The other paper in the session (unfortunately eclipsed by the discussion of critical editions) was “Mary-Temple in the Protevangelium of James” by Justin A. Mihoc (University of Durham). Mihoc focused on the symbolism in the text of the church as mother, seen also, for example, in the Shepherd of Hermas with its depiction of the church as an aged woman who becomes a young virgin. In Prot. Jas., Mary functions in a similar way: a model of the church as pure, virginal, etc. Mihoc also noted the parallels in the text between Mary and Eve that evoke an image of Mary as embodying a restored Eden. Included in this discussion was a series of evocations of creation: the suspension of time at Jesus’ birth, Jesus’ conception through the word of God, the annunciations to Joseph and Mary taking place outside gardens, and others. In the discussion that followed, Dennis MacDonald drew attention to Prot. Jas.’s “transgressive” use of Matthew and Luke—e.g., the author omits the conception and birth of John the Baptist. Mihoc agreed that the author freely used her sources, suggesting a time of composition before Matthew and Luke became authoritative. I would agree that the text is certainly early (a late second-century terminus ante quem is established by Clement of Alexandria’s knowledge of the text) but orthodox writers continued to play around with the New Testament Gospels and construct new texts long after the establishment of the canon.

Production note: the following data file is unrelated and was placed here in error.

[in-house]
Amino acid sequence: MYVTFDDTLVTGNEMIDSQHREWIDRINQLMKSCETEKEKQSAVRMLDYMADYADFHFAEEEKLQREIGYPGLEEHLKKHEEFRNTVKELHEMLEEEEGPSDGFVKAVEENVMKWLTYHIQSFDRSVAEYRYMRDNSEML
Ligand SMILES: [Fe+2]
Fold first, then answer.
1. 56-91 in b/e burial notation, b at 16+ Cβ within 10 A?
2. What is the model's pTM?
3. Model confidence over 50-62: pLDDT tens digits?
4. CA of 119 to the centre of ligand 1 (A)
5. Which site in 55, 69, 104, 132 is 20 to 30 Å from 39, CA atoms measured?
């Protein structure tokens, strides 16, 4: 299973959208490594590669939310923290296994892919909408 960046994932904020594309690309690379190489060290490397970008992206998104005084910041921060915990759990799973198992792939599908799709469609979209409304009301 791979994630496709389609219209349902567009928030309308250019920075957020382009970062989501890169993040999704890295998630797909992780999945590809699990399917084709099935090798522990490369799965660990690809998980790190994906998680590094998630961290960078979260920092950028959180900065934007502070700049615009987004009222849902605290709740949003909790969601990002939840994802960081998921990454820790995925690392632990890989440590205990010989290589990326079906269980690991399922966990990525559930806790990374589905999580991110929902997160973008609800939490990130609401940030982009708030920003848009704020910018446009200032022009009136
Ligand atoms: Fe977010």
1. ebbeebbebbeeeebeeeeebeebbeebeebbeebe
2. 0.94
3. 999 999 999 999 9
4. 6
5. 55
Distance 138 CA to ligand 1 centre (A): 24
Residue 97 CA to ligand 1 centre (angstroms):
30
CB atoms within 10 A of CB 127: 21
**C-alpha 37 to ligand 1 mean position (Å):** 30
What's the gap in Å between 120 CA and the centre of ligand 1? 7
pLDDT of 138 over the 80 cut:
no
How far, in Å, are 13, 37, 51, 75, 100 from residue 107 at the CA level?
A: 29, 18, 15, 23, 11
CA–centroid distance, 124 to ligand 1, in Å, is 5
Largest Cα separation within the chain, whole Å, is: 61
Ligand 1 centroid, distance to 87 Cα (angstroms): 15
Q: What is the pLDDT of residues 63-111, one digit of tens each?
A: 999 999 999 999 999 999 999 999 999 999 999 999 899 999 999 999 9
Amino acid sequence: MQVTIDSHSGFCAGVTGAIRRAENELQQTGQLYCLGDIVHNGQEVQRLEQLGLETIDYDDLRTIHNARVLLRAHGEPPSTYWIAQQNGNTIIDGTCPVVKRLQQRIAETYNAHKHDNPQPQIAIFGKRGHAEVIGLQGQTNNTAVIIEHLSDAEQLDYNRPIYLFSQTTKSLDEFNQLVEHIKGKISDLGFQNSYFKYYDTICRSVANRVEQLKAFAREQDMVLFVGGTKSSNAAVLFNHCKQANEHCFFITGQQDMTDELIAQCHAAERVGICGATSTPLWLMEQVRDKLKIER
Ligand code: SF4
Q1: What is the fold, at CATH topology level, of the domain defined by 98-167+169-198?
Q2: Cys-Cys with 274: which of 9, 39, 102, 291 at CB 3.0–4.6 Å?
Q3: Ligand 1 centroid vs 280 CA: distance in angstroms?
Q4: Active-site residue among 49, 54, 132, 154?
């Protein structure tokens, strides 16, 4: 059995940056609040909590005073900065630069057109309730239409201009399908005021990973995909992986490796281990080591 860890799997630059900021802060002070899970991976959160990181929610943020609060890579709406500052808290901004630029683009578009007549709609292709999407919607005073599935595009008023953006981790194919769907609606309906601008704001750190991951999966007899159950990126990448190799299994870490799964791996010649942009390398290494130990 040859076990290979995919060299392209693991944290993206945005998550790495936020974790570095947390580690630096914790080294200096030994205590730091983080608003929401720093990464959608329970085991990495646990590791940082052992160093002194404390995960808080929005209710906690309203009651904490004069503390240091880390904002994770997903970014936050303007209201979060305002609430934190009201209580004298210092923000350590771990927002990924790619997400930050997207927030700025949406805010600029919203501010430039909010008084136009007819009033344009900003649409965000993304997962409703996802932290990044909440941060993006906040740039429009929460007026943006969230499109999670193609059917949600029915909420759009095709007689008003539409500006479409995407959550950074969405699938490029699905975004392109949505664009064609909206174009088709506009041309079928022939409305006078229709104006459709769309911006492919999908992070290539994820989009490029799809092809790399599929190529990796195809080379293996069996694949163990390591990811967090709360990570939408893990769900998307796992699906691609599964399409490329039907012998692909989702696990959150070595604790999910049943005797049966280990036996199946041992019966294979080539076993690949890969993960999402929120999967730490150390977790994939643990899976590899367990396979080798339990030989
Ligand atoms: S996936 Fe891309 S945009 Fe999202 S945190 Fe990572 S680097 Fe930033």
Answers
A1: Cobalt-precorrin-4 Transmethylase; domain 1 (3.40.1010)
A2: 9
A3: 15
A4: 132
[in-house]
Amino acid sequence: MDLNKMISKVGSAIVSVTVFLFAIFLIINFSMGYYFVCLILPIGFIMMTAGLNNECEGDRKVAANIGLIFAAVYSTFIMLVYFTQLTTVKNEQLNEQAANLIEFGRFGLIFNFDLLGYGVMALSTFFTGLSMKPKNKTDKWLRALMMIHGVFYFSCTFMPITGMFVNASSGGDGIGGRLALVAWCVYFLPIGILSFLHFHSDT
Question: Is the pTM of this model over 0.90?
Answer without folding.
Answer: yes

Independent scholar Kwang Meng Low opened the second session with his paper “Text of Subversion: Gospel of Judas and Carnivalesque.” Kwang’s interpretive lens is a methodology developed by Mikhail Bakhtin. I must confess that I have an utter lack of interest in post-modern literary criticism and found the paper difficult to follow. He was certainly correct that the Gospel of Judas is a subversive text that, in his words, “aimed to mock the institutionalized (‘orthodox’) church,” but that interpretation is not new. Another “new reading” of a text was promised by Eric Beck (University of Edinburgh) in his paper “Hell in Context: A New Reading of the Apocalypse of Peter.” Beck took issue with the common view that Apoc. Pet., like other Tour of Hell apocalypses, was intended to be monitory—i.e., its depiction of various punishments for sins is intended to warn sinners away from such behavior. Beck argued instead that the readers of the text are meant to feel compassion for those outside of the faith, not inside, who are punished for their unbelief. As proof, Beck presented a new translation of ch. 3 of the text where Peter and Jesus weep for the sinners who have been separated from the righteous. When asked why the text’s author wanted his readers to feel compassion for those being punished, Beck answered that she was encouraging such behavior between believers and nonbelievers in the present, not at the eschaton. Determining the original intentions of Apoc. Pet.’s author is difficult, particularly where one has to rely on the later Ethiopic sources for the text; however, Beck said the same theme is observable in the Greek fragments of the text.